“IV. WHETHER OR NOT RESPONDENT COURT’S FINDING THAT PETITIONER IS NOT ENTITLED TO HIS CLAIMS AGAINST PRIVATE RESPONDENT FOR UNPAID COMMISSIONS. CASH EQUIVALENT OF HIS UNUSED VACATION LEAVES, UNPAID RETIREMENT BENEFITS, DAMAGES, ATTORNEY’S FEES AND COSTS IS CONTRARY TO LAW AND/OR EVIDENCE.”
Petitioner maintains his entitlement to commutation of 240 days of unused vacation leave into cash amounting to P400,000.00. In support of this, petitioner cites the alleged company policy extant until April 19, 1975 when Administrative Standard No. 1005, embodying the company’s policy on commutation of unused vacation leave in certain instances came into effect, that the yearly vacation leave accorded to the employees of private respondent was commutable to cash. Petitioner presents Exhibit “Q”, an Inter-office Memorandum issued by Emettrio Roa, Jr., a member of Pacific Memorial Plan’s Executive Committee to the Petitioner as President, approving the request of an employee, Espiridion Ga Heceta, Jr., for commutation of his 15 days unused vacation leave. To clarify, Exhibit “Q” is hereby reproduced in its entirely:
PACIFIC MEMORIAL PLAN
To: Atty. Enrique A. Sobrepeña, Jr.
From: Emetrio Roa, Jr.
Member, Executive Committee
Subject: REQUEST FOR COMMUTATION OF
ESPIRIDION GA HECETA, JR.
In reply to your query:
1.) Okay to continue 15 days vacation leave into cash.
2.) Under separate cover, Mr. Villa-Real will send you current rules and regulations in GPL regarding vacation leave.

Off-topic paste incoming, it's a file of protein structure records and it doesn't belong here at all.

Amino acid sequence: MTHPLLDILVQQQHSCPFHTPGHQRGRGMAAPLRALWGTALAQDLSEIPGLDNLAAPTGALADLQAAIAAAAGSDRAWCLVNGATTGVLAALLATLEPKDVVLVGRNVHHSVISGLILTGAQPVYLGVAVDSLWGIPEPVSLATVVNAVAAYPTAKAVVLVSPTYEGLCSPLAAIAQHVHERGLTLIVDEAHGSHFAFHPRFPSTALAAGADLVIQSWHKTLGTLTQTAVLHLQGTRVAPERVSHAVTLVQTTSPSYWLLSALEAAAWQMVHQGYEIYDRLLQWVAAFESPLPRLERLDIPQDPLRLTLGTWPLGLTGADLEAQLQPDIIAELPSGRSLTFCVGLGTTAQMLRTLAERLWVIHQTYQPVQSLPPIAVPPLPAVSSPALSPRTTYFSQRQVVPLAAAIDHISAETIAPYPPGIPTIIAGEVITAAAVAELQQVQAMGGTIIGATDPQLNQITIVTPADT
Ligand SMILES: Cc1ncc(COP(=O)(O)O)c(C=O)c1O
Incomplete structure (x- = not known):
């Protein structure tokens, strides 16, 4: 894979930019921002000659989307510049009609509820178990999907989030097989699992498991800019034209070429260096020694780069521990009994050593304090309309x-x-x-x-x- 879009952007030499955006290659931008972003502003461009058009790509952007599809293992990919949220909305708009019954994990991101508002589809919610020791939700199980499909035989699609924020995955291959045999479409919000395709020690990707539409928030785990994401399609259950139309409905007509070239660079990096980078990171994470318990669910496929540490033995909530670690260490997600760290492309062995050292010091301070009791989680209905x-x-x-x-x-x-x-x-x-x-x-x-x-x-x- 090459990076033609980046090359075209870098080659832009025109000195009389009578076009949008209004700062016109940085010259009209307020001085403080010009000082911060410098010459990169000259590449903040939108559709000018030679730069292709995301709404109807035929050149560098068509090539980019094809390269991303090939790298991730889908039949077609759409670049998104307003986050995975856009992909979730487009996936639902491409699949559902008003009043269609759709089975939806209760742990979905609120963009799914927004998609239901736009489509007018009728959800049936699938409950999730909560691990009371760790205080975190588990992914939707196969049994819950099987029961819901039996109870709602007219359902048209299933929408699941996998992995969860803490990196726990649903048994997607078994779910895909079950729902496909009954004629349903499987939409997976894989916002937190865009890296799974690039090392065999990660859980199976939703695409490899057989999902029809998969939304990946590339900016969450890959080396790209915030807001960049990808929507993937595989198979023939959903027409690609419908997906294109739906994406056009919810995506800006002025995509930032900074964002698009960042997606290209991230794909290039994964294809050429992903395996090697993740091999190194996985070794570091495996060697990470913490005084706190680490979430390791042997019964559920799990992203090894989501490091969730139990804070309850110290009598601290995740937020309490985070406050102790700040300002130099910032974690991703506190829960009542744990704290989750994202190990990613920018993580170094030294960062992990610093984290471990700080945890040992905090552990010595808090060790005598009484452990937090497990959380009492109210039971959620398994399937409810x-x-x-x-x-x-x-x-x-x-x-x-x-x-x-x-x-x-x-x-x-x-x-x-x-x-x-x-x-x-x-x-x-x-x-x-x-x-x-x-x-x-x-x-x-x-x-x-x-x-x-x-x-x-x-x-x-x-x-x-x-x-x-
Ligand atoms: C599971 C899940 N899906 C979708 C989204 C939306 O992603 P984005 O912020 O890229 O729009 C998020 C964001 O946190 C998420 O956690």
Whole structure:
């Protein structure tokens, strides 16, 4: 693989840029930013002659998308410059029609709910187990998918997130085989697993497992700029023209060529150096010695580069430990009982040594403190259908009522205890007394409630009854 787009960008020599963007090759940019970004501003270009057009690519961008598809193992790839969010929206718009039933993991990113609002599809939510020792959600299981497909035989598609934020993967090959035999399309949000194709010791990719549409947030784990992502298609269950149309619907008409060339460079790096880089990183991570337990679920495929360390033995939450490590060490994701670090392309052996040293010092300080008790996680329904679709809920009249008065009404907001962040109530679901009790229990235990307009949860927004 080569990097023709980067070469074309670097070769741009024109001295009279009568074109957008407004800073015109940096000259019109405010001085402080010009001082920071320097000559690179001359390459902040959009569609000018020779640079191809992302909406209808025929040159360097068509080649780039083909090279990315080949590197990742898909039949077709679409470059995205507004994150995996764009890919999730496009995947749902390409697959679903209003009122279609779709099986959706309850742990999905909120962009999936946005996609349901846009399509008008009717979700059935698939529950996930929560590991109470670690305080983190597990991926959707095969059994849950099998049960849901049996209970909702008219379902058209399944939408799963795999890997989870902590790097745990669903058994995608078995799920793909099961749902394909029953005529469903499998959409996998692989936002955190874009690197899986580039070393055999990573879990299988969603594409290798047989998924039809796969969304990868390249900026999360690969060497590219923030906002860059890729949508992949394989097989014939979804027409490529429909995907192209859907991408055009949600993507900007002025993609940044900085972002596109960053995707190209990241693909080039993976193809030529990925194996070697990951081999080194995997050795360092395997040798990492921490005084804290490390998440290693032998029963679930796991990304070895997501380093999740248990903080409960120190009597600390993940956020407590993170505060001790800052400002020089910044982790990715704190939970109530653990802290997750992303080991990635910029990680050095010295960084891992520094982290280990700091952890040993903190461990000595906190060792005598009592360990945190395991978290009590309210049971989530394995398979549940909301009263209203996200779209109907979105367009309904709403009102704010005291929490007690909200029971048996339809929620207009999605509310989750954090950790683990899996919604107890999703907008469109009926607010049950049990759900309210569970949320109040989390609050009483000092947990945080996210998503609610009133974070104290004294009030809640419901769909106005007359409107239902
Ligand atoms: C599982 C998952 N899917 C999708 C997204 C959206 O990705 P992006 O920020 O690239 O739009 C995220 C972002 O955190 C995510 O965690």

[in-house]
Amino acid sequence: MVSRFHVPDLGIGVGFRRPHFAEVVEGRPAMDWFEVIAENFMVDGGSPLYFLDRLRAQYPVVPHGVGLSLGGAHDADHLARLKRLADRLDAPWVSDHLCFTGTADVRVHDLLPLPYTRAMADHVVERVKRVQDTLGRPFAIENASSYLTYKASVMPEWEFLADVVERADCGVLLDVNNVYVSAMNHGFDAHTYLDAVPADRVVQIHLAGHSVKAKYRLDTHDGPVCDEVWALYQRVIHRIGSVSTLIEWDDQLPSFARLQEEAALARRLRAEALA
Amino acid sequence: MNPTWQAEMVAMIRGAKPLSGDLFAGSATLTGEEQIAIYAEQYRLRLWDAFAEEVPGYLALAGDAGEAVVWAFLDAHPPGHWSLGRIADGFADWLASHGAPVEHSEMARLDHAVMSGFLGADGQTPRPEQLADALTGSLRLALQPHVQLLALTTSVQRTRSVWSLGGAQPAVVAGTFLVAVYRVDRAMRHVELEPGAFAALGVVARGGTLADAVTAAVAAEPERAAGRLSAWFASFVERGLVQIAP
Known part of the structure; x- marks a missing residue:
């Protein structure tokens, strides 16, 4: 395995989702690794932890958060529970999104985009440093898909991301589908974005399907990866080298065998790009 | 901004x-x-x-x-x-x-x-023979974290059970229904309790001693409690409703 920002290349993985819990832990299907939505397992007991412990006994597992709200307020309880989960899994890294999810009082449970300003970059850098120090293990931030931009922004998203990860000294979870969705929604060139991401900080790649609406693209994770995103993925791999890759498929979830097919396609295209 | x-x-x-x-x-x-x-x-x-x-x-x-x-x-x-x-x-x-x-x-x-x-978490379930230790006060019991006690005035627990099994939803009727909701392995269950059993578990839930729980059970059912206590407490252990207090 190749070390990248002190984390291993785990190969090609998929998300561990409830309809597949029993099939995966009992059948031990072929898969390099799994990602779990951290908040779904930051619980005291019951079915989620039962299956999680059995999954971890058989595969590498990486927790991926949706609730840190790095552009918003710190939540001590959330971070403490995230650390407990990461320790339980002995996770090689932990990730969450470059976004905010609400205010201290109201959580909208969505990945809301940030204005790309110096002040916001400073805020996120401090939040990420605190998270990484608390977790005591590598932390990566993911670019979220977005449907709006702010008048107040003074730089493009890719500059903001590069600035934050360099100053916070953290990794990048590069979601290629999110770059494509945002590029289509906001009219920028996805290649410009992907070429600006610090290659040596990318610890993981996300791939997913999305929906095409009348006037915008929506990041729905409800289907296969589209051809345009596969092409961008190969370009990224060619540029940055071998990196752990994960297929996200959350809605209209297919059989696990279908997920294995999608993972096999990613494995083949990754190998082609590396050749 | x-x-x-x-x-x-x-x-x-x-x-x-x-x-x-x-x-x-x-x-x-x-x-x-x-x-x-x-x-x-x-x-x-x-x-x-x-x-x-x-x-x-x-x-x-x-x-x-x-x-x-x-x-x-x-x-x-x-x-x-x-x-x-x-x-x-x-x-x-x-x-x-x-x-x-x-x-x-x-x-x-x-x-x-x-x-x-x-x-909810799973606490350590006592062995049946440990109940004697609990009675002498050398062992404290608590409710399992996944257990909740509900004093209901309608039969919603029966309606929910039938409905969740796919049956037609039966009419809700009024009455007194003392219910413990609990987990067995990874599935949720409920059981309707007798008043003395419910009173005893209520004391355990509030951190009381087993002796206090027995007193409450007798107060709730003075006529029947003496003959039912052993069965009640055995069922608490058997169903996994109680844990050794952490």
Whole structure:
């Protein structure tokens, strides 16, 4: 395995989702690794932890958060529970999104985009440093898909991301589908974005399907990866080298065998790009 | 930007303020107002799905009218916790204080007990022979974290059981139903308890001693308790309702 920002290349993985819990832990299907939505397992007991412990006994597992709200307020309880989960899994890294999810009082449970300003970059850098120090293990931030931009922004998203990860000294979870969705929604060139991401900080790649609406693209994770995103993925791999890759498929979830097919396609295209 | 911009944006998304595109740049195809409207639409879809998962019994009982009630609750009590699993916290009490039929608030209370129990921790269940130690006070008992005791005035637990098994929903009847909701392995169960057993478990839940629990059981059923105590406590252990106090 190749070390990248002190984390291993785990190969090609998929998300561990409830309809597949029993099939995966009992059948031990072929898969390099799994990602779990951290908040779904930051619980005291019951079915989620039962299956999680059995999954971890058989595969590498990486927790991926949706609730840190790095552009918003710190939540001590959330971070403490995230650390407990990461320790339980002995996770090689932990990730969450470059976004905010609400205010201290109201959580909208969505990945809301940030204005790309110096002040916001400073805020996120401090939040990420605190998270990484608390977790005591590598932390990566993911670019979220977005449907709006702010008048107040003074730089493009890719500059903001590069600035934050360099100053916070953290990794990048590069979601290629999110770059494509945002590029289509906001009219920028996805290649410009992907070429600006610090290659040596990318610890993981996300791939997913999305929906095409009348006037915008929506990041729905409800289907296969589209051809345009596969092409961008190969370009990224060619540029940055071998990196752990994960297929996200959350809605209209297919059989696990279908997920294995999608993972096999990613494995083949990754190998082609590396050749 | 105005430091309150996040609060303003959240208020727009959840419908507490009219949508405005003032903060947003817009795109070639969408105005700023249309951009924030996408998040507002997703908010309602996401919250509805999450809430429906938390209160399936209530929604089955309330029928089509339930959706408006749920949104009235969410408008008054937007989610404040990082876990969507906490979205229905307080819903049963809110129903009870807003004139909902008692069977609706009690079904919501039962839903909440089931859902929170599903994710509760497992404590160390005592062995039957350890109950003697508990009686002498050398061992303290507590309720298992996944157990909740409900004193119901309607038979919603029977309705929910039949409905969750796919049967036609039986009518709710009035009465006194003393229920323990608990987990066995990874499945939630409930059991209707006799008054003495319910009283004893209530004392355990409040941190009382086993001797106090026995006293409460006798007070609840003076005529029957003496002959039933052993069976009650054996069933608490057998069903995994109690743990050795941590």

cc: Mr. Anotion S. Villa-Real”
It should take no great effort to discern that such document in no way exemplifies an unequivocal management policy to make all unused vacation leaves commutable to cash. At best, this Memorandum speaks of an instance where a single employee’s request for monetization of vacation leave was okayed by the employer. It does not state that such a practice has been institutionalized into company policy. In fact, no other instance of monetization of vacation leave was demonstrated. In any case, since the establishment of Administrative Standard No. 1005, there appears to be no other instance of commutation of vacation leave, except as specifically allowed in the cited Administrative Standard, the pertinent portions of which are hereby reproduced:
“12:00 COMMUTATION OF LEAVE
12.1 If, for any reason, an employee is not allowed by the Company to enjoy his vacation leave on the dates scheduled, the employee shall have the option either to commute the enjoyed vacation into cash, in which case the money value of the unenjoyed vacation shall be paid to him on the day he is supposed to have started his scheduled vacation, or to carry over unenjoyed vacation to the succeeding year.